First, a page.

Surveillance of laboratory-confirmed influenza-associated adult (≥16 years of age) hospitalizations by the Canadian Immunization Research Network (CIRN) Serious Outcomes Surveillance (SOS) network began on November 1st for the 2019-20 season.
To date this season, 533 hospitalizations, 49 intensive care unit admissions, and 25 deaths have been reported (Figure 10).
- The majority of hospitalizations have been due to influenza A (83%), and among those subtyped (148) 92% were influenza A(H1N1).
- Among cases with influenza A, the largest proportion of hospitalizations were in adults 65-79 years of age (34%) and adults 80 years of age and older (32%). Among the 88 cases with influenza B, 34% were between 16 and 34 years of age (Figure 11).
- 86% of hospitalized cases reported at least one type of comorbid condition.
Figure 10 - Text Description
|Surveillance Week||Number of Hospitalizations|
Figure 11 - Text Description
|Age Group||Total hospitalizations|
Influenza Strain Characterizations
From September 1, 2019 to February 6, 2020, the National Microbiology Laboratory (NML) has characterized 555 influenza viruses (235 A(H1N1), 145 A(H3N2) and 175 influenza B) that were received from Canadian laboratories.
Over recent years, circulating strains of A(H3N2) have evolved, and are increasingly difficult to characterize by hemagglutination inhibition (HI) assay. Genetic characterization is established by sequencing the hemagglutinin (HA) gene of the influenza viruses to compare their genetic properties.
Among the 41 influenza A(H3N2) viruses antigenically characterized to date, the majority (85%) showed reduced titer by HI assay to A Kansas/14/2017 using antiserum raised against egg-propagated A Kansas/14/2017. Six viruses were characterized as A Kansas/14/2017-like (Figure 12 a).
Nearly all (98%) of the 135 A(H3N2) viruses genetically characterized this season belonged to genetic group 3C.2a1b based on sequence analysis of the HA gene. Three viruses belonged to the genetic group 3C.3a (Figure 13).
Group 3C.2a1b viruses analysed represent:
- 90% (28 out of 31) viruses that were also antigenically characterized.
- 100% (104 out of 104) viruses which did not grow to sufficient hemagglutination titer for antigenic characterization by HI assay.
A/Kansas/14/2017 belongs to genetic group 3C.3a and is the influenza A(H3N2) component of the 2019-20 Northern Hemisphere influenza vaccine.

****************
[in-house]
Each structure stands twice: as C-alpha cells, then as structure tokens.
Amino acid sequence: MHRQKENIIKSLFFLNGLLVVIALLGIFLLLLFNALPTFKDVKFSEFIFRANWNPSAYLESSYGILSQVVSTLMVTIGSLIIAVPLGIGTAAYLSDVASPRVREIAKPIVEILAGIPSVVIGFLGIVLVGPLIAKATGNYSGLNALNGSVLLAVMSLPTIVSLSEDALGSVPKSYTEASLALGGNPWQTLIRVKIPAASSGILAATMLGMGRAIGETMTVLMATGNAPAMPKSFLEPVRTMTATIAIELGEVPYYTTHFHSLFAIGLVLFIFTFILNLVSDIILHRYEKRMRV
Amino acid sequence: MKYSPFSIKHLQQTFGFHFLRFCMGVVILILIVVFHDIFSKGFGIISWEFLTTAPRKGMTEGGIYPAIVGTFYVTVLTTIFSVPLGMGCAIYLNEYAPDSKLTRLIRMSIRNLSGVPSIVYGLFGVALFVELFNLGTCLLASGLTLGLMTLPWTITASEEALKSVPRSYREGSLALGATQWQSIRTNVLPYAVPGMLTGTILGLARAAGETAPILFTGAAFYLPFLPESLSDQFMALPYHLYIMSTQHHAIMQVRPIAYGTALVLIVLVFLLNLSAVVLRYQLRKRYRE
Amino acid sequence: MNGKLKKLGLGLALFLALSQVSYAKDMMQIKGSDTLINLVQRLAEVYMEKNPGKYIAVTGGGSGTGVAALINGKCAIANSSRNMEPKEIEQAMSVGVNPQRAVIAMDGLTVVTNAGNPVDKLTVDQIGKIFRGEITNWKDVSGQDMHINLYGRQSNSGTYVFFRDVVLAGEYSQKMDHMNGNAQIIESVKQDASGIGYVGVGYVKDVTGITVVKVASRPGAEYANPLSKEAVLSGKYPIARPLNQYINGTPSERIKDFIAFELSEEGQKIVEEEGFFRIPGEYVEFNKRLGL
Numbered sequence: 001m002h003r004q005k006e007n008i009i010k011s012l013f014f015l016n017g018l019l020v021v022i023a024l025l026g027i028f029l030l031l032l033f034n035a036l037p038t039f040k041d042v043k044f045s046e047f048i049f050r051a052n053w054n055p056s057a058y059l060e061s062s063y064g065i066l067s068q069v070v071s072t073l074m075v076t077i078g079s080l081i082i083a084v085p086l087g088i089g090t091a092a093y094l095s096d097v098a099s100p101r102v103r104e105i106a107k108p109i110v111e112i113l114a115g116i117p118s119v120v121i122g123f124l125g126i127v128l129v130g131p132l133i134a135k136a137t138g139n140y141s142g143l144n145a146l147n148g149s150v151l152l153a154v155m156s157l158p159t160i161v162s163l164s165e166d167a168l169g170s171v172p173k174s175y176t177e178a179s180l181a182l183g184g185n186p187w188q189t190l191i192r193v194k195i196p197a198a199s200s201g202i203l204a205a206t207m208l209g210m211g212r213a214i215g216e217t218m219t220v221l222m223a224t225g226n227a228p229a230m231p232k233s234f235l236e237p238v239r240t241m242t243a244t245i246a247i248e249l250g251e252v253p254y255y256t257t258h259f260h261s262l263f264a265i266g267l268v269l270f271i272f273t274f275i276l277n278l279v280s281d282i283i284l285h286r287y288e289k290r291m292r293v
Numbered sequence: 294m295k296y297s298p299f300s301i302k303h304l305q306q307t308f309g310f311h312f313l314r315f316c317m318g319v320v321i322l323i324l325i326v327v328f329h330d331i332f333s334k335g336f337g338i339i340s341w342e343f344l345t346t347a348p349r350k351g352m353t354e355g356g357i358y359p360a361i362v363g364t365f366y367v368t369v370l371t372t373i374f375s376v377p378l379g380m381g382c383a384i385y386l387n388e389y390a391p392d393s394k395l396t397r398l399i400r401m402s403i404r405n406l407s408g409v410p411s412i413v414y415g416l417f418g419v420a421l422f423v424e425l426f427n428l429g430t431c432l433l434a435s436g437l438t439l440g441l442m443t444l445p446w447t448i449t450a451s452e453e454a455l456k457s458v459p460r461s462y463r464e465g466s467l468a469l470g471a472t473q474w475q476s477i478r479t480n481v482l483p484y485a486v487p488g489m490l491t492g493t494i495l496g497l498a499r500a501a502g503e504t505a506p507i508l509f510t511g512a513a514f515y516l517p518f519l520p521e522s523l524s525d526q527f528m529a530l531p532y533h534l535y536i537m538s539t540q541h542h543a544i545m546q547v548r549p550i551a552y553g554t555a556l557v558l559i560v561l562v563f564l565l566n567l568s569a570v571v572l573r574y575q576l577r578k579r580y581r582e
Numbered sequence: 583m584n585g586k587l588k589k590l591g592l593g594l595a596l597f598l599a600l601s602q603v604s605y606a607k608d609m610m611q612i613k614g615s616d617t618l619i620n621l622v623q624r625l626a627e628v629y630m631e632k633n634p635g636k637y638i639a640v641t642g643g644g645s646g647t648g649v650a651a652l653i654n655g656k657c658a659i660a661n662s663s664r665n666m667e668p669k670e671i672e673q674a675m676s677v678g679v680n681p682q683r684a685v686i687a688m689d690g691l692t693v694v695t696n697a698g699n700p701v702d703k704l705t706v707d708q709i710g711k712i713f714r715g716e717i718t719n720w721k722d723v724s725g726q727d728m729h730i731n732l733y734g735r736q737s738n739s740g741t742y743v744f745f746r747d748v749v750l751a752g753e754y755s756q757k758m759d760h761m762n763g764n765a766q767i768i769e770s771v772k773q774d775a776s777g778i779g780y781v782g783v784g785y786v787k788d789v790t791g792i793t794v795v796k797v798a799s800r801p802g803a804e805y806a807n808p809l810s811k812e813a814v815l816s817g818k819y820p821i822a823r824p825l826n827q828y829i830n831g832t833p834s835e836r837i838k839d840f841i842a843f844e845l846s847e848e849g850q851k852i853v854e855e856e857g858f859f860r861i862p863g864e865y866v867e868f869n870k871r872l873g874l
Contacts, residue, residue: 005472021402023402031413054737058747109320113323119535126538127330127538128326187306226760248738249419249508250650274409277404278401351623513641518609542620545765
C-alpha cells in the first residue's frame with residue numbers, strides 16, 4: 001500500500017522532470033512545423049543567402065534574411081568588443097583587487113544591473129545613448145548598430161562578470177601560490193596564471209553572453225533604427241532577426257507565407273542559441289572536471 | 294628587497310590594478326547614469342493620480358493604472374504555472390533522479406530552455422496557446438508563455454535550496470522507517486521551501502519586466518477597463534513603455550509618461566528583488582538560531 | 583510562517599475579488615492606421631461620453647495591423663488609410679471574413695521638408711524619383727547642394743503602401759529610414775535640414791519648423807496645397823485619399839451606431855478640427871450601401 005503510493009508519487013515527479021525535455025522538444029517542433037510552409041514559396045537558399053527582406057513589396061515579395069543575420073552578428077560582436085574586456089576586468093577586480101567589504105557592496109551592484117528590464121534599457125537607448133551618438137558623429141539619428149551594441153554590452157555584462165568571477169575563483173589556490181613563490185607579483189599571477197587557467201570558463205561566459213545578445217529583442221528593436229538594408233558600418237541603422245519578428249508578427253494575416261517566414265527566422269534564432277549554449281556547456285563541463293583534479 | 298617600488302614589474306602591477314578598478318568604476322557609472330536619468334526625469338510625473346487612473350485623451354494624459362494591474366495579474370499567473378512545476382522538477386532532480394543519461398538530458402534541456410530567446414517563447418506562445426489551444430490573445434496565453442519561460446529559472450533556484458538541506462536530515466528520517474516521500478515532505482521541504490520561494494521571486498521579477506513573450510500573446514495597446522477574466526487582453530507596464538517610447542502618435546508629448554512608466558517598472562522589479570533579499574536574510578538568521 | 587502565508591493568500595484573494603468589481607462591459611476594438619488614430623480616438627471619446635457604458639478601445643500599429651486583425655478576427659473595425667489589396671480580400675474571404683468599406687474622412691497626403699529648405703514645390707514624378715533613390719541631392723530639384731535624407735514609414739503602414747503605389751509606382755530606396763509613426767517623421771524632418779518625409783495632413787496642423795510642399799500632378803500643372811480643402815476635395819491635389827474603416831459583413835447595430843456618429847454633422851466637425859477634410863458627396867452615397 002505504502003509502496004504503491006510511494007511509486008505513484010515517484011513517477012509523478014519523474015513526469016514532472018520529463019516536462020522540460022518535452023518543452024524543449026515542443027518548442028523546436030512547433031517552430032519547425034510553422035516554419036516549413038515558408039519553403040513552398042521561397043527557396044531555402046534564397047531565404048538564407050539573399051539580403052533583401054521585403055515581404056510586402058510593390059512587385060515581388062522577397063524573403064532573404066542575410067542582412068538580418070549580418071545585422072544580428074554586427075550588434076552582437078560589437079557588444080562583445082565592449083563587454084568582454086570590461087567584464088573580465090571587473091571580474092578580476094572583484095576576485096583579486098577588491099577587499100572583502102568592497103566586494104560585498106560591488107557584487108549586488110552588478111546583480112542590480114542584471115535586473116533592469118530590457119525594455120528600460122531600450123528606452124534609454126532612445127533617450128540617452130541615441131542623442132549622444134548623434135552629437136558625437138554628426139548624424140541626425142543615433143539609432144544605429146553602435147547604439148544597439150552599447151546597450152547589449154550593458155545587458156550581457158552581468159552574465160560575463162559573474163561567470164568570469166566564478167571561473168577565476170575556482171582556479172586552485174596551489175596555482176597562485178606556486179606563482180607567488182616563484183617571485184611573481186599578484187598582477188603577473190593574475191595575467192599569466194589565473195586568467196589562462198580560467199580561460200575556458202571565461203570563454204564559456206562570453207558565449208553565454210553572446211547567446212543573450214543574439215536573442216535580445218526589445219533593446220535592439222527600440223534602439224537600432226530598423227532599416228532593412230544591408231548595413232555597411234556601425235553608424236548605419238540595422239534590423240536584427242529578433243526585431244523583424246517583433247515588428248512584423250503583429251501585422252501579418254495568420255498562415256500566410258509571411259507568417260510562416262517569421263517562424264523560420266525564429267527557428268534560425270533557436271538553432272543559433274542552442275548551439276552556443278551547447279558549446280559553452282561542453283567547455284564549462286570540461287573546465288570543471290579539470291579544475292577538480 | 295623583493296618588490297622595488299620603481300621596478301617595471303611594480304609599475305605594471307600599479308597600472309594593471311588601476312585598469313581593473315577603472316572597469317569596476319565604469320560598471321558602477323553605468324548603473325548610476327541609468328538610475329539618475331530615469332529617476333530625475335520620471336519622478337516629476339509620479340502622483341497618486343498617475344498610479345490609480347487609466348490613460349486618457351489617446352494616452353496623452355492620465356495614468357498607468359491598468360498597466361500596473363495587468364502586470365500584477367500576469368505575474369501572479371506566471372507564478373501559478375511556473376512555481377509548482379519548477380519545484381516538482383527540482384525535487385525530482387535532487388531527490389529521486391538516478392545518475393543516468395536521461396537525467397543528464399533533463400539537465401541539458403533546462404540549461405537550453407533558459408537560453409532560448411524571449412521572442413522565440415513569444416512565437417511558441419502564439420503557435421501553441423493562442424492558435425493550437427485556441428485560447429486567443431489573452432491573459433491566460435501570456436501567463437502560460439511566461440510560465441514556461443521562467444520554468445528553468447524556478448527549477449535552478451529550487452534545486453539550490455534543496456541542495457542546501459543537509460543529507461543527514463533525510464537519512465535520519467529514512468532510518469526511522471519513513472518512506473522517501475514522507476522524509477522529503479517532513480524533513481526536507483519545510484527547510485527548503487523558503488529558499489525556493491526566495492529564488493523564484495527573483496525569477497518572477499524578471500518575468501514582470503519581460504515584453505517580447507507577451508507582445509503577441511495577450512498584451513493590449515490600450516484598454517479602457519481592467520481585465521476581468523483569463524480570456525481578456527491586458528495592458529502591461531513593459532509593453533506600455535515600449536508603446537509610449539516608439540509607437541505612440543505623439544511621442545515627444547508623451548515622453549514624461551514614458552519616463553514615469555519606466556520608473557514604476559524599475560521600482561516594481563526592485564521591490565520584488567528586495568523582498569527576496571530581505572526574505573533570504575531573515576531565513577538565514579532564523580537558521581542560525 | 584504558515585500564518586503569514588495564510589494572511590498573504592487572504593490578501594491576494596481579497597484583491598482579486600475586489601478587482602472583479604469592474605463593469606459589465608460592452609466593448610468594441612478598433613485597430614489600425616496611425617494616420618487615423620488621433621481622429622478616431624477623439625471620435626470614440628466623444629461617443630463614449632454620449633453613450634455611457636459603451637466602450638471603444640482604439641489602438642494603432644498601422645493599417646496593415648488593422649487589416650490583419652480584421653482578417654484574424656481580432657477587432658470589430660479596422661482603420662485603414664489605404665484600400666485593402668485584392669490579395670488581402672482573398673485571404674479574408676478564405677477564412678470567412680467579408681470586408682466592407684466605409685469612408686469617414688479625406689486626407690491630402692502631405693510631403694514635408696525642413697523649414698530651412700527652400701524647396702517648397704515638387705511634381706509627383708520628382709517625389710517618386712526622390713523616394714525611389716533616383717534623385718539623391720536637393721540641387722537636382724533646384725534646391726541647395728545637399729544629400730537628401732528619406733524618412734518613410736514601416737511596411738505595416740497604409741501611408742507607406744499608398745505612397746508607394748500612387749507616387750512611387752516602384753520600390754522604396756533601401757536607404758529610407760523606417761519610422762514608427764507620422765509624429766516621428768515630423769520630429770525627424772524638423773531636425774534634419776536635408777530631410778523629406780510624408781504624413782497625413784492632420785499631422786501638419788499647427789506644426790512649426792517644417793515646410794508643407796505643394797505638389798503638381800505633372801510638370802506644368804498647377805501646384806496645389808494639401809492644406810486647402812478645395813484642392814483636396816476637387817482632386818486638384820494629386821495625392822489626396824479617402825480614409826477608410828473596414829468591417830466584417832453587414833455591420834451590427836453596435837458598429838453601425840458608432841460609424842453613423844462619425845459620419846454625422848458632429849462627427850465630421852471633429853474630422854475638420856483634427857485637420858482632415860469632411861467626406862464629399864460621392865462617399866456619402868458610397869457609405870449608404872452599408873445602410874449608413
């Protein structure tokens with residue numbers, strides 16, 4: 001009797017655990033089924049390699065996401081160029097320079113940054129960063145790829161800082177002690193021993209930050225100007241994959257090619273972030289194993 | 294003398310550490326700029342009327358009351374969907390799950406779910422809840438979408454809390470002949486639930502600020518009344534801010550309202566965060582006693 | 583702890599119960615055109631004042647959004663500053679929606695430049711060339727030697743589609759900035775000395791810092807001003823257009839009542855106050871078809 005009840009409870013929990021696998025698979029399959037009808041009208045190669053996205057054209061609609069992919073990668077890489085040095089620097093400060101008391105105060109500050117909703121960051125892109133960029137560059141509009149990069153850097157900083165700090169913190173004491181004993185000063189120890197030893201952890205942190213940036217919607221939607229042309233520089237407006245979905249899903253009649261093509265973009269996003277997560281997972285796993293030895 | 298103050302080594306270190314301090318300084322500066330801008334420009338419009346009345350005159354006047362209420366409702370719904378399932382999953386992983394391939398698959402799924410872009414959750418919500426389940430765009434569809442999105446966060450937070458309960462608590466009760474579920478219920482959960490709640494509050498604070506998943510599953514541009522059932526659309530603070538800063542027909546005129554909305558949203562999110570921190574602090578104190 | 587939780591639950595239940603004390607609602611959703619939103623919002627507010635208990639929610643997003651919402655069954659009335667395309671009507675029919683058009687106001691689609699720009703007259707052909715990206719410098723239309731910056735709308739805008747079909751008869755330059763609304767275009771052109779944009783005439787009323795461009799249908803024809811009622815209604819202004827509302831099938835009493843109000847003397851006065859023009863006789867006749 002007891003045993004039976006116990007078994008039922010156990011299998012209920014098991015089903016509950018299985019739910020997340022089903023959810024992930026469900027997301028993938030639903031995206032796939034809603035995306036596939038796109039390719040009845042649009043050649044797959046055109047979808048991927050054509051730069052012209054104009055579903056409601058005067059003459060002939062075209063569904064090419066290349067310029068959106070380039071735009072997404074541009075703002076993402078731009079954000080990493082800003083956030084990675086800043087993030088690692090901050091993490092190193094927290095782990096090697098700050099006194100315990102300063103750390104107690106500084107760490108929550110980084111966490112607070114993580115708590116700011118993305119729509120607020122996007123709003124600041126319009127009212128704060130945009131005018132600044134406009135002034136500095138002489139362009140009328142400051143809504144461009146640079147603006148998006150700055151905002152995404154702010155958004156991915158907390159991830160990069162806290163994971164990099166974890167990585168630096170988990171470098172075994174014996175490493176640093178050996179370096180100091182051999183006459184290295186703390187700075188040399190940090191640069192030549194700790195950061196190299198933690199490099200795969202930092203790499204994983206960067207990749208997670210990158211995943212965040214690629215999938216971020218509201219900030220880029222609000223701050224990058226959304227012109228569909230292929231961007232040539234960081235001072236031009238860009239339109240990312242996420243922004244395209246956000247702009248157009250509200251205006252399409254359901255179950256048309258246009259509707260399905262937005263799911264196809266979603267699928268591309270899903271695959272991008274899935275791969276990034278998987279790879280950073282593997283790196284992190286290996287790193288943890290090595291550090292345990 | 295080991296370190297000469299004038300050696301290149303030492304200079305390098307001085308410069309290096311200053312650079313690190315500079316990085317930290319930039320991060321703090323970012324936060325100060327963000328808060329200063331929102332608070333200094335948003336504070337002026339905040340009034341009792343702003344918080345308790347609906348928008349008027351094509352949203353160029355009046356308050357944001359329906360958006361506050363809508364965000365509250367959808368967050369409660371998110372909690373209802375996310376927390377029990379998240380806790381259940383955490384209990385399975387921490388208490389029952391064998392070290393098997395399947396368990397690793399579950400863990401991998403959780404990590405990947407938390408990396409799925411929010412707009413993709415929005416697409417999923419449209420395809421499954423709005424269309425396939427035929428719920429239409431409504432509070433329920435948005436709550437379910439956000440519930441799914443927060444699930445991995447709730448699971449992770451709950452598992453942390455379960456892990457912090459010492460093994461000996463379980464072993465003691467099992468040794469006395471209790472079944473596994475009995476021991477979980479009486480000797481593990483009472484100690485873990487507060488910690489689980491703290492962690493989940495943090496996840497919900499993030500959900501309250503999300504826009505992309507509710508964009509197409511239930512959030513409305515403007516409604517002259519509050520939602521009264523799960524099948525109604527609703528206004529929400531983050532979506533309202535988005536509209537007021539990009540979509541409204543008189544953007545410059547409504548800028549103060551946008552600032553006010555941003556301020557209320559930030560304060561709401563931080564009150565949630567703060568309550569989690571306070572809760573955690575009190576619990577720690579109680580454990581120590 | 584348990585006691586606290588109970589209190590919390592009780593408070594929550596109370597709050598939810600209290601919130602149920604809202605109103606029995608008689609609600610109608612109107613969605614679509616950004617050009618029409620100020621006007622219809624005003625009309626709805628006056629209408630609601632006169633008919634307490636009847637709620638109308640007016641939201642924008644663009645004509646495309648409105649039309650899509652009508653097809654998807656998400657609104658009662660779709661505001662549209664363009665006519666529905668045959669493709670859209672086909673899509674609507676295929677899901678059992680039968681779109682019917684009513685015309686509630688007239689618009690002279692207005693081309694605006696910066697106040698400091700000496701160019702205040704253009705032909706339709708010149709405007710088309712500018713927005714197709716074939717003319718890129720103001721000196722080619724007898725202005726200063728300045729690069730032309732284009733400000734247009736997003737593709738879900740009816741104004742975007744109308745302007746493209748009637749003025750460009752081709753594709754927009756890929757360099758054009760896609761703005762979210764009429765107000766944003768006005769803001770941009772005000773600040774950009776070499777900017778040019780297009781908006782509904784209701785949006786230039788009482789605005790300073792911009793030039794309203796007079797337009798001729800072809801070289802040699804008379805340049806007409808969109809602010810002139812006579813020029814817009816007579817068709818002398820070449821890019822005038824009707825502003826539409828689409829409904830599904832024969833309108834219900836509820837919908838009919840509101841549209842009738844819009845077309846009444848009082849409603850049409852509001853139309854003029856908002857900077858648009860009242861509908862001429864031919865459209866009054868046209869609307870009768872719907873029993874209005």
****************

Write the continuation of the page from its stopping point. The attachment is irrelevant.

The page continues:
Among the 235 A(H1N1) viruses characterized to date, 62% were antigenically similar to A/Brisbane/02/2018 by HI testing using antiserum raised against egg-propagated A/Brisbane/02/2018 (Figure 12 b).
A/Brisbane/02/2018 is the influenza A(H1N1) component of the 2019-20 Northern Hemisphere influenza vaccine.
Among the 175 influenza B viruses antigenically characterized this season, the vast majority (173) belonged to the B/Victoria lineage. Two viruses were antigenically characterized as similar to B/Phuket/3073/2013 (B/Yamagata lineage).
The majority (91%, 157) of B/Victoria lineage viruses showed reduced titer by HI assay to B/Colorado/06/2017 using antiserum raised against cell culture-propagated B/Colorado/06/2017 (Figure 12 c).
Sequence analysis of 105 B/Victoria lineage viruses with reduced titre to B/Colorado/06/2017 showed that 100% had a three amino acid deletion (162-164) in the HA gene. Sequencing is pending for the remaining viruses.
The recommended influenza B components for the 2019-20 Northern Hemisphere influenza vaccine are B/Colorado/06/2017 (Victoria lineage) and B/Phuket/3073/2013 (Yamagata lineage). B/Phuket/3073/2013 is included in the quadrivalent influenza vaccine.
Figure 12 - Text Description
|Number of viruses characterized: 41|
|Antigenic phenotype of A(H3N2) virus||Number of viruses||Percentage|
|Reduced titer to A/Kansas/14/2017||35||85%|
|Number of viruses characterized: 235|
|Antigenic phenotype of A(H1N1) virus||Number of viruses||Percentage|
|Reduced titer to A/Brisbane/02/2018||90||38%|
|Number of viruses characterized: 175|
|Antigenic phenotype of influenza B virus||Number of viruses||Percentage|
|Reduced titer to B/Colorado/06/2017||157||90%|
Figure 13 - Text Description
|Number of viruses sequenced: 135|
|Genetic Clade of A(H3N2) virus||Number of viruses||Percentage|
The National Microbiology Laboratory (NML) also tests influenza viruses received from Canadian laboratories for antiviral resistance. From September 1, 2019 to February 6, 2020, the following results were reported:
371 influenza viruses (132 A(H3N2), 117 A(H1N1) and 122 B) were tested for resistance to oseltamivir:
- All influenza A(H3N2) and B viruses were sensitive to oseltamivir.
- Among the A(H1N1) viruses tested, 116 (99%) were sensitive to oseltamivir and one virus was resistant to oseltamivir with the H275Y mutation in the neuraminidase gene.
371 influenza viruses (132 A(H3N2), 117 A(H1N1) and 122 B) were tested for resistance to zanamivir:
- All influenza viruses tested were sensitive to zanamivir.
High levels of resistance to amantadine persist among influenza A(H1N1) and influenza A(H3N2) viruses. All viruses tested this season were resistant.
Vaccine monitoring refers to activities related to the monitoring of influenza vaccine coverage and effectiveness.
Influenza vaccine coverage estimates for the 2019-20 season are anticipated to be available in February or March 2020.
Influenza vaccine effectiveness estimates for the 2019-20 season are anticipated to be available in February or March 2020.